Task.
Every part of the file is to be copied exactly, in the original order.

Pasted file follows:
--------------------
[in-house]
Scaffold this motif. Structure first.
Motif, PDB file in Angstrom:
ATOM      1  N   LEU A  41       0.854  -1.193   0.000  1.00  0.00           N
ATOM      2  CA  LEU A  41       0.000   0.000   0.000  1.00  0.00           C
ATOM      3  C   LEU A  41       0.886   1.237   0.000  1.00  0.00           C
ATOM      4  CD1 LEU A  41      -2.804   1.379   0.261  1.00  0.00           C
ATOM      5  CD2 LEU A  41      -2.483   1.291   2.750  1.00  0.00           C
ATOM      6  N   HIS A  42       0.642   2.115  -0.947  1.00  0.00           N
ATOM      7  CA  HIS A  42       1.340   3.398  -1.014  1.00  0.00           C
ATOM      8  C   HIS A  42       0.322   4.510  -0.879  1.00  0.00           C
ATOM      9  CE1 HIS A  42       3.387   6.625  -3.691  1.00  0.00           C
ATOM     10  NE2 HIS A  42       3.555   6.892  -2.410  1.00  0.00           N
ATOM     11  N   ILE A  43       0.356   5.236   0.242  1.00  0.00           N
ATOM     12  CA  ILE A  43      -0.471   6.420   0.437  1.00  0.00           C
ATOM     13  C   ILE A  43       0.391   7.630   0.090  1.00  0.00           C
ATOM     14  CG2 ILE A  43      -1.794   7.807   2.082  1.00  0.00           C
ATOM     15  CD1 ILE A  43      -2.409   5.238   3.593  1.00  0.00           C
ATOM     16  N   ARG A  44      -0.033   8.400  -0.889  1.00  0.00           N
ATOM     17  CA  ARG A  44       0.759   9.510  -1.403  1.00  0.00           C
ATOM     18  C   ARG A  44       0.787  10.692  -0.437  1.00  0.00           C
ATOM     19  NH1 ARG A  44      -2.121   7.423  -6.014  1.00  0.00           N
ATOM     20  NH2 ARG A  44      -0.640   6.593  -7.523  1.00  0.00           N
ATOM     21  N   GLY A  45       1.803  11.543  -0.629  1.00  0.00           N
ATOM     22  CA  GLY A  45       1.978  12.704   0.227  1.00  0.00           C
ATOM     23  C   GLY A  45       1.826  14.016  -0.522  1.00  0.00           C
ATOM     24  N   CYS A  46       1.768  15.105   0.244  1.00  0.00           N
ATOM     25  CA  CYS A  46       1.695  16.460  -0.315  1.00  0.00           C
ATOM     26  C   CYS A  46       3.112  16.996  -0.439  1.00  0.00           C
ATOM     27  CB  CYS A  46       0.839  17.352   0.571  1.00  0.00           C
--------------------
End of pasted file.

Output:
[in-house]
Scaffold this motif. Structure first.
Motif, PDB file in Angstrom:
ATOM      1  N   LEU A  41       0.854  -1.193   0.000  1.00  0.00           N
ATOM      2  CA  LEU A  41       0.000   0.000   0.000  1.00  0.00           C
ATOM      3  C   LEU A  41       0.886   1.237   0.000  1.00  0.00           C
ATOM      4  CD1 LEU A  41      -2.804   1.379   0.261  1.00  0.00           C
ATOM      5  CD2 LEU A  41      -2.483   1.291   2.750  1.00  0.00           C
ATOM      6  N   HIS A  42       0.642   2.115  -0.947  1.00  0.00           N
ATOM      7  CA  HIS A  42       1.340   3.398  -1.014  1.00  0.00           C
ATOM      8  C   HIS A  42       0.322   4.510  -0.879  1.00  0.00           C
ATOM      9  CE1 HIS A  42       3.387   6.625  -3.691  1.00  0.00           C
ATOM     10  NE2 HIS A  42       3.555   6.892  -2.410  1.00  0.00           N
ATOM     11  N   ILE A  43       0.356   5.236   0.242  1.00  0.00           N
ATOM     12  CA  ILE A  43      -0.471   6.420   0.437  1.00  0.00           C
ATOM     13  C   ILE A  43       0.391   7.630   0.090  1.00  0.00           C
ATOM     14  CG2 ILE A  43      -1.794   7.807   2.082  1.00  0.00           C
ATOM     15  CD1 ILE A  43      -2.409   5.238   3.593  1.00  0.00           C
ATOM     16  N   ARG A  44      -0.033   8.400  -0.889  1.00  0.00           N
ATOM     17  CA  ARG A  44       0.759   9.510  -1.403  1.00  0.00           C
ATOM     18  C   ARG A  44       0.787  10.692  -0.437  1.00  0.00           C
ATOM     19  NH1 ARG A  44      -2.121   7.423  -6.014  1.00  0.00           N
ATOM     20  NH2 ARG A  44      -0.640   6.593  -7.523  1.00  0.00           N
ATOM     21  N   GLY A  45       1.803  11.543  -0.629  1.00  0.00           N
ATOM     22  CA  GLY A  45       1.978  12.704   0.227  1.00  0.00           C
ATOM     23  C   GLY A  45       1.826  14.016  -0.522  1.00  0.00           C
ATOM     24  N   CYS A  46       1.768  15.105   0.244  1.00  0.00           N
ATOM     25  CA  CYS A  46       1.695  16.460  -0.315  1.00  0.00           C
ATOM     26  C   CYS A  46       3.112  16.996  -0.439  1.00  0.00           C
ATOM     27  CB  CYS A  46       0.839  17.352   0.571  1.00  0.00           C